Inogen leans on rental revenues

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Friday, August 7, 2020

GOLETA, Calif. – Inogen’s rental revenues saved the day in a second quarter where its direct-to-consumer and business-to-business sales struggled due to the COVID-19 pandemic.   

The company reported that rental revenues increased 16.9% to $6.1 million in the second quarter ended June 30, 2020, compared to the same period in 2019, in part due to a conscious decision to redirect more of its marketing leads to rental setups. 

“Overall, that business did show improvements, and that’s good sign,” said Ali Bauerlein, CFO. “We are hesitant just around a potential second wave and any impact on our consumer-facing business, (so) the rental business is a good opportunity for us. These are existing patients converting from tanks to POCs, so it’s a great way, in light of COVID-19 challenges, to build that base. While rentals are not as impactful on revenue right out of the gate, they provide a stable revenue stream over time with that patient pool that we can build on.” 

Inogen reported domestic business-to-business sales decreased 27.3% to $21.6 million in the second quarter, and direct-to-consumer sales decreased 30.9% to $30.2 million in the quarter. 

The company’s rental revenues also carried an impressive 53% gross margin in the second quarter of 2020 compared to 30.4% in the same period in 2019, an improvement that was due, in part, to reduced freight costs and a modest reimbursement increase associated with the public health emergency. 

“Above 50% is great gross margin,” Bauerlein said. “Our direct-to-consumer gross margin is still our highest gross margin business that we have because of the cash paid there. Long term, we haven’t put out a specific rental gross margin target, but we have been actively working on improving gross margin in that business.”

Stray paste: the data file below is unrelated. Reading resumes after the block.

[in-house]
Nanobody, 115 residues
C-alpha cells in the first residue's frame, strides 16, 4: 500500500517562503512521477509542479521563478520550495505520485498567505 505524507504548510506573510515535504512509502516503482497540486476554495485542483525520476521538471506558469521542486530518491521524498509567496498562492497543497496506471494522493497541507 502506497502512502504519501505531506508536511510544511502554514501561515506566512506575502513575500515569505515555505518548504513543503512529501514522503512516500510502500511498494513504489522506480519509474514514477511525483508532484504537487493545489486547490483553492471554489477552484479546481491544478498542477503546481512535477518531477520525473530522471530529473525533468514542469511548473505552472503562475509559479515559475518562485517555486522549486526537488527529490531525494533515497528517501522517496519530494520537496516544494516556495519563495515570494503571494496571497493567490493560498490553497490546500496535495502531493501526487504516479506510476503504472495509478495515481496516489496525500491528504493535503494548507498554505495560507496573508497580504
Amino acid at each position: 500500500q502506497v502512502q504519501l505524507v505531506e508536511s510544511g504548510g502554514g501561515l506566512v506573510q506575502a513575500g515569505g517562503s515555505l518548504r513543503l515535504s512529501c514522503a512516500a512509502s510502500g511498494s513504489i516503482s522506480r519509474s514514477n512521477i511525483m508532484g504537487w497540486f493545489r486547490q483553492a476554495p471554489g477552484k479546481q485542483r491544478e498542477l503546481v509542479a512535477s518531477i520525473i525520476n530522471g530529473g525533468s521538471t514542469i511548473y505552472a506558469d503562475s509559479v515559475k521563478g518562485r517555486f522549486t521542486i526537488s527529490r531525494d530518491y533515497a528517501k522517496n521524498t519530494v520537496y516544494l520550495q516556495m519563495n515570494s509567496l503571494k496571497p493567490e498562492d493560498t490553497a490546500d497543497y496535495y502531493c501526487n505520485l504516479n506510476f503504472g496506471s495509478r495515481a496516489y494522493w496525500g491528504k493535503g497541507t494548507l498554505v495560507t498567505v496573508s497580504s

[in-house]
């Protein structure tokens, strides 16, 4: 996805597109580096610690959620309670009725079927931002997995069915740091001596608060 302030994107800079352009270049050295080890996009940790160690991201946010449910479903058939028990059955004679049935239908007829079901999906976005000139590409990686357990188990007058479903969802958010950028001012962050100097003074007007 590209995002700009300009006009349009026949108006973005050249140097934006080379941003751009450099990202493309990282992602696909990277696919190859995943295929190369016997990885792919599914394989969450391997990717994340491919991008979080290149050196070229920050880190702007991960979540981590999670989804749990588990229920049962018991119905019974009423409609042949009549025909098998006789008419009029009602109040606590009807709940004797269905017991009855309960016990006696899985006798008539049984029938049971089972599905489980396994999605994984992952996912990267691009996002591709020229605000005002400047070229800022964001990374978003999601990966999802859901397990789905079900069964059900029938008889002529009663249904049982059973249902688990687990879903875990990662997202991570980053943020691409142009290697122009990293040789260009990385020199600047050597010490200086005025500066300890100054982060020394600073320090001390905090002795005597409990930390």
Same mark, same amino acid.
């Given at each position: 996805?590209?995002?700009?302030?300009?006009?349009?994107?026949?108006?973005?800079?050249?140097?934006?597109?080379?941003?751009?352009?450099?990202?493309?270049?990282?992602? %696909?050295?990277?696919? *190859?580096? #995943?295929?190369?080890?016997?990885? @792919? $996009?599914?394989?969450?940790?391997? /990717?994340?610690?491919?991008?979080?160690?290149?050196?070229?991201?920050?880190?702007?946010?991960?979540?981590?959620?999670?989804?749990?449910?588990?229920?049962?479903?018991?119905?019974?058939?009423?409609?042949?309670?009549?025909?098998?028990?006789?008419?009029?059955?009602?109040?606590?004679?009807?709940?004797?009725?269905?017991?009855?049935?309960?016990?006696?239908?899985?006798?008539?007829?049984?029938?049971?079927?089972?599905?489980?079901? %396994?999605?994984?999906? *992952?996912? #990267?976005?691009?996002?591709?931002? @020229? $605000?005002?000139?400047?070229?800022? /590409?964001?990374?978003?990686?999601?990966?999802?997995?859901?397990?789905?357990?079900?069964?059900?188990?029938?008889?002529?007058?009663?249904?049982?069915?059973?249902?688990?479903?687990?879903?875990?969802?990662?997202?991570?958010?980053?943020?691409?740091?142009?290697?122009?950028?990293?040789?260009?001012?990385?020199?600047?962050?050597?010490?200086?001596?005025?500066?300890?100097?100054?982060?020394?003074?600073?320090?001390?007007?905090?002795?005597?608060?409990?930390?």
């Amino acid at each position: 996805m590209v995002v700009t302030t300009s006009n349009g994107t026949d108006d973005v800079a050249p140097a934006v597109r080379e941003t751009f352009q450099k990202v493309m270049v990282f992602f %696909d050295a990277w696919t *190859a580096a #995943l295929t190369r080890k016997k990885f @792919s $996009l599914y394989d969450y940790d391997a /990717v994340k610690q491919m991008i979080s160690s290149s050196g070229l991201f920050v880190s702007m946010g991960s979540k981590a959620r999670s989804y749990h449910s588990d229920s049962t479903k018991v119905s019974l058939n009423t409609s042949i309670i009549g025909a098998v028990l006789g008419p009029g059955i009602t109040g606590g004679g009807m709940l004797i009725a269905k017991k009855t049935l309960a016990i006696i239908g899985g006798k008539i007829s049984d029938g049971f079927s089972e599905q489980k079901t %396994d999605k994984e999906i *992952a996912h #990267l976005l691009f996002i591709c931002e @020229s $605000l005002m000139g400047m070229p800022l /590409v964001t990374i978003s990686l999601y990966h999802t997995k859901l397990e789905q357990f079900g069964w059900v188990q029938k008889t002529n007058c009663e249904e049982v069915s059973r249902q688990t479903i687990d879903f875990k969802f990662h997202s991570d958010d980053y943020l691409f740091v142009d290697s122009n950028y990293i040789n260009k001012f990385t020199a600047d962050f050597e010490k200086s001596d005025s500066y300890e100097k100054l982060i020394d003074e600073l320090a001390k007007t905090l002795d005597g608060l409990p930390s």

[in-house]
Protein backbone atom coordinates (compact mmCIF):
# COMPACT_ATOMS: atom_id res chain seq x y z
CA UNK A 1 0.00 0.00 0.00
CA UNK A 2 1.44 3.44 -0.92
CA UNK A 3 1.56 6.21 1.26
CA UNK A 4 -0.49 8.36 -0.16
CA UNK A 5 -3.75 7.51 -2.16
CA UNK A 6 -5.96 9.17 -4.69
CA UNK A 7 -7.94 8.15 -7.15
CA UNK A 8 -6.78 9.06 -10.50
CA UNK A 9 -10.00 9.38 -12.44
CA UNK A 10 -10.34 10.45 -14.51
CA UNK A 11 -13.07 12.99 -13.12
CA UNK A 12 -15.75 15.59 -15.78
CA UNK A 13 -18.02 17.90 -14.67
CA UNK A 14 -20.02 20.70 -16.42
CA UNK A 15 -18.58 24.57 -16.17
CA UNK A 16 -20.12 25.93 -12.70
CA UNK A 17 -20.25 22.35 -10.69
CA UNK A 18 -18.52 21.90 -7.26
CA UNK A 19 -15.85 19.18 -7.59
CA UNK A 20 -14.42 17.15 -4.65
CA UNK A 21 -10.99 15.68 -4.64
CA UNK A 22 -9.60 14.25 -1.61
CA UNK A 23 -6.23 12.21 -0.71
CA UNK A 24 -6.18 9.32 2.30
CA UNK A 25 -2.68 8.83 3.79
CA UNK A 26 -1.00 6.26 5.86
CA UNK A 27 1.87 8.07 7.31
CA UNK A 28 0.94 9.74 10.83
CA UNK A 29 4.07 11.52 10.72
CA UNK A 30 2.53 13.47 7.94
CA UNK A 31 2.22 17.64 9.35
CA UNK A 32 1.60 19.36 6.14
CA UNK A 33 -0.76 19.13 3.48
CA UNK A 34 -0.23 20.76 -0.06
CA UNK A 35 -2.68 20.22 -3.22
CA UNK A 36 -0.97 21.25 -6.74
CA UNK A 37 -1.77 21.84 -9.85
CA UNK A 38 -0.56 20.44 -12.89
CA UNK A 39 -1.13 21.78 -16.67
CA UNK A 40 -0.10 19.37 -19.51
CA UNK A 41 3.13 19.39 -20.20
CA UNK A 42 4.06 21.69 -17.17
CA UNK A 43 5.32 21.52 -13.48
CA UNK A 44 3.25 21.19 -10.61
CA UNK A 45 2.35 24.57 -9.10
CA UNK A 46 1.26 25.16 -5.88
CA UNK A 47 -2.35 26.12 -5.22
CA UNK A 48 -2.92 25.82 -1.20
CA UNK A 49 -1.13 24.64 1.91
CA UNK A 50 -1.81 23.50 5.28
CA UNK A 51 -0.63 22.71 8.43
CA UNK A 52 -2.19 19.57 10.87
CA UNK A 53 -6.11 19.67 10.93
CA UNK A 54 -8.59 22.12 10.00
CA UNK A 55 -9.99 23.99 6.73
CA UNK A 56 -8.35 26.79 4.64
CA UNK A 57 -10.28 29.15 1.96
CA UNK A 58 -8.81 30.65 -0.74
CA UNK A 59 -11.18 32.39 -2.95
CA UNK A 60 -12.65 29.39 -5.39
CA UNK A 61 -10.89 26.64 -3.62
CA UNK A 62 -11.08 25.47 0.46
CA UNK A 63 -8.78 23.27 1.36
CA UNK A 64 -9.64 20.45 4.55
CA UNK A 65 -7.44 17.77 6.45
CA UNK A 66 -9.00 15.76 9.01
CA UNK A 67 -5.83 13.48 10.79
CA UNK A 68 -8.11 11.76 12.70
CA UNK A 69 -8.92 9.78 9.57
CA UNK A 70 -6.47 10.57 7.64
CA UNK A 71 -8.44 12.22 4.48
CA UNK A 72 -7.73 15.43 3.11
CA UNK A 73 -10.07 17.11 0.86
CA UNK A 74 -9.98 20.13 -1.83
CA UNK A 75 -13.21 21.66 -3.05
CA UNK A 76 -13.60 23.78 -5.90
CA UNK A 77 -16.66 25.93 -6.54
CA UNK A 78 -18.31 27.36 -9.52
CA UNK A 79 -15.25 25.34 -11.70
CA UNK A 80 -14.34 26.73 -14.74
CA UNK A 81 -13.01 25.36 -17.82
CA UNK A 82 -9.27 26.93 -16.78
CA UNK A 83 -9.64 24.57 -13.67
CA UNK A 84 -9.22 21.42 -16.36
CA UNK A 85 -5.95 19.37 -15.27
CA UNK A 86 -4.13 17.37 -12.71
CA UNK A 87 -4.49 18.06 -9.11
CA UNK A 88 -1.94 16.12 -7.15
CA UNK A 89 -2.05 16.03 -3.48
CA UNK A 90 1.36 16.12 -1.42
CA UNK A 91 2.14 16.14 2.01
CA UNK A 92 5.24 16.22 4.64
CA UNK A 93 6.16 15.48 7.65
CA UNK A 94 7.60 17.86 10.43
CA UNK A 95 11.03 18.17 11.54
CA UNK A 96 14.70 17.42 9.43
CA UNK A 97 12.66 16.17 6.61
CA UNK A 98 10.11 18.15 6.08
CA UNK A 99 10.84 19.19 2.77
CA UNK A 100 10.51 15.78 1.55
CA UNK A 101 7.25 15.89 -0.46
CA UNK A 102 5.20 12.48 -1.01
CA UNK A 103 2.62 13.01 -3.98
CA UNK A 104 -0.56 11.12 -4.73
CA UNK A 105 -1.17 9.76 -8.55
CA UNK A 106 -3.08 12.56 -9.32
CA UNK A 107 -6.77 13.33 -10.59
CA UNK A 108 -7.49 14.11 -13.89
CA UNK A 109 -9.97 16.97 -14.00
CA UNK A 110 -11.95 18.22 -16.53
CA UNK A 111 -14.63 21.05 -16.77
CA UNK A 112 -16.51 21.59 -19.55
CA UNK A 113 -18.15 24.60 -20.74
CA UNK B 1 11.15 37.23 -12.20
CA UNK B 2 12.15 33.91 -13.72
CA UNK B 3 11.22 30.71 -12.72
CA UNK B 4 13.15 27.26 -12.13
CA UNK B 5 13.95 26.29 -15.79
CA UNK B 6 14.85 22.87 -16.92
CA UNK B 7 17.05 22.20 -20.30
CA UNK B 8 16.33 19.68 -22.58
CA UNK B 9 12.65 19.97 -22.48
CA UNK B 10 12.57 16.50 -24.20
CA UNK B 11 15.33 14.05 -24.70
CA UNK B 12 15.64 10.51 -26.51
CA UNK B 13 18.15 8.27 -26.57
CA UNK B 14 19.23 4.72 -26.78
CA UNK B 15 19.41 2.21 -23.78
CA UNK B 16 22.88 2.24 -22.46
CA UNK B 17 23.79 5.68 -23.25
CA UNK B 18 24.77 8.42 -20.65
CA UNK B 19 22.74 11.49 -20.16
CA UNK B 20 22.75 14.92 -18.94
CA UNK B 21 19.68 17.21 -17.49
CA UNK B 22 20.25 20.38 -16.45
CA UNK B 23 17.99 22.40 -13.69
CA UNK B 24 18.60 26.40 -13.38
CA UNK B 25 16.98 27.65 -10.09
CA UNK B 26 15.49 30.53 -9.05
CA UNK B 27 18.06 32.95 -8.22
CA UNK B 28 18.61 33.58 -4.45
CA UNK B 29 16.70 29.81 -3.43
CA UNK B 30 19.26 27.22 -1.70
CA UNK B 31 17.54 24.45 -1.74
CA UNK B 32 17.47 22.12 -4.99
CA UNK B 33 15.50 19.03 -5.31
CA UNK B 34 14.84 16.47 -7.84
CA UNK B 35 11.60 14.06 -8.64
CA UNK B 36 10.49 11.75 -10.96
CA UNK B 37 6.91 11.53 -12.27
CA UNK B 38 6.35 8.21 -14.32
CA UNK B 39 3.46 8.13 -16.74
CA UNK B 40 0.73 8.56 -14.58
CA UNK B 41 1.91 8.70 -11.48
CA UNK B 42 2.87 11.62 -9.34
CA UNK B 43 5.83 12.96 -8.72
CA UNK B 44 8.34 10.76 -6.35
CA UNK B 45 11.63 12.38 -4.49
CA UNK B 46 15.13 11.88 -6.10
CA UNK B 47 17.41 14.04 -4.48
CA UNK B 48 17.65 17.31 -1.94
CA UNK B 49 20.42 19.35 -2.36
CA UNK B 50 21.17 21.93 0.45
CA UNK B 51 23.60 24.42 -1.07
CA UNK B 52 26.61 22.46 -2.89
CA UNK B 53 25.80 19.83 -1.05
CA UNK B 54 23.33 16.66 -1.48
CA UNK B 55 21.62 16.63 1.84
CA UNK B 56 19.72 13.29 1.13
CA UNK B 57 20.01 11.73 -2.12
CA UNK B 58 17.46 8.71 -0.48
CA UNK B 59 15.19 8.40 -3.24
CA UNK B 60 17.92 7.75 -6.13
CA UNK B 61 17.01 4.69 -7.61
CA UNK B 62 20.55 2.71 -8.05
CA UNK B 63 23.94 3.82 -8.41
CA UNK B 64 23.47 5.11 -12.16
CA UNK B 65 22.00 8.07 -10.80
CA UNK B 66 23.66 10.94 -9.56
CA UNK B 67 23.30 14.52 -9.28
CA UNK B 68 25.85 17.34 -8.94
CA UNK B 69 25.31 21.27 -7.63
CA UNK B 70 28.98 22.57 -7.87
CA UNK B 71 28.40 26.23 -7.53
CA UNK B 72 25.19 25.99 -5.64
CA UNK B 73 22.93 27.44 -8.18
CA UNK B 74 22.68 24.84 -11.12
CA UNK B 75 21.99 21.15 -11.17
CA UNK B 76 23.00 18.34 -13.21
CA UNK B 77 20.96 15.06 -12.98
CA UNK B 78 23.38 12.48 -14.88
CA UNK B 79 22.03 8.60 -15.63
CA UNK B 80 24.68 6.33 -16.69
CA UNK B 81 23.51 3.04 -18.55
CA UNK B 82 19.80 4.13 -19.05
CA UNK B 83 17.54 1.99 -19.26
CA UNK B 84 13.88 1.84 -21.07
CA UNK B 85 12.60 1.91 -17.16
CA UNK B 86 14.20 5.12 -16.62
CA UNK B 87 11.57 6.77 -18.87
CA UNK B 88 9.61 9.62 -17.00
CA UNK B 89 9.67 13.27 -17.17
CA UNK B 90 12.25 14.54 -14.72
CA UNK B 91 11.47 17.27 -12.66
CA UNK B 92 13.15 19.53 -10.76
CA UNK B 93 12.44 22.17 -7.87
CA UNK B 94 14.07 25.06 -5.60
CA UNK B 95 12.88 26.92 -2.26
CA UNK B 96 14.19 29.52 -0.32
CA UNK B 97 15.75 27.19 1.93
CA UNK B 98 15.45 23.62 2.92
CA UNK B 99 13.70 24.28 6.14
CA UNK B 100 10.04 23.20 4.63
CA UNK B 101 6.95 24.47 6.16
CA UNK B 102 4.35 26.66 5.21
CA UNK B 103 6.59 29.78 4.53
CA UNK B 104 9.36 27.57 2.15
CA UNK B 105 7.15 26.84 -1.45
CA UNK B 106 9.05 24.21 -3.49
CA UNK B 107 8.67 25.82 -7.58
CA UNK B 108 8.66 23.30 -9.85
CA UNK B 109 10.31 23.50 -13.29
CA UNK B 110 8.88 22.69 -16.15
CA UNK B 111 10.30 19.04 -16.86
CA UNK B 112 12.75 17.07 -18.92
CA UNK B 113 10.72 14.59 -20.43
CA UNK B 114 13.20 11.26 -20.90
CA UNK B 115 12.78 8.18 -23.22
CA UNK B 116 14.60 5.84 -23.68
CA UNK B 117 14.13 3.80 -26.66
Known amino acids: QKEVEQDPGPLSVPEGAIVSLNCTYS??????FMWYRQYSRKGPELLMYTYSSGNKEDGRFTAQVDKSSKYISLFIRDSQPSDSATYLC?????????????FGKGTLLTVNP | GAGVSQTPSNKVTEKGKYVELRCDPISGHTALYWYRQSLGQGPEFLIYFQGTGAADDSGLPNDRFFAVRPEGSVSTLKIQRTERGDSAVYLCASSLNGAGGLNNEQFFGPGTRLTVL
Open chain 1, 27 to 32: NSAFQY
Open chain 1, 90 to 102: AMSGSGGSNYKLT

Due to the decreases in DTC and B2B sales, Inogen has been “more careful” about hiring, says Scott Wilkinson, president and CEO. 

“We will continue to hire through the rest of the year; we don’t want to go down in headcount on the sales force,” he said. “But we’re being more selective right now.” 

Inogen also cut its marketing spend in the second quarter. 

“It is about a 38% decline in marketing spend year-over-year and we saw about a 31% reduction in direct-to-consumer sales,” Bauerlein said. “So we were able to get more leverage on our media spend, despite additional leads going to the rental side of the business. That’s something we’re proud of – we were able to reduce our cost per lead on a year-over-year basis.” 

While it’s creating a difficult environment for DTC and B2B sales in the short term, Inogen believes the pandemic will strengthen the case for POCs in the long term. 

“There is even more value in a non-delivery and non-touch model,” Wilkinson said. “Once the urgency of today passes, it will help with our conversion rate in the future. Some also theorize that, because this is a respiratory ailment and there could be long-term impacts from COVID-19, more people may need therapy. It’s too early to say if that is going to happen, but it could make the pool bigger.”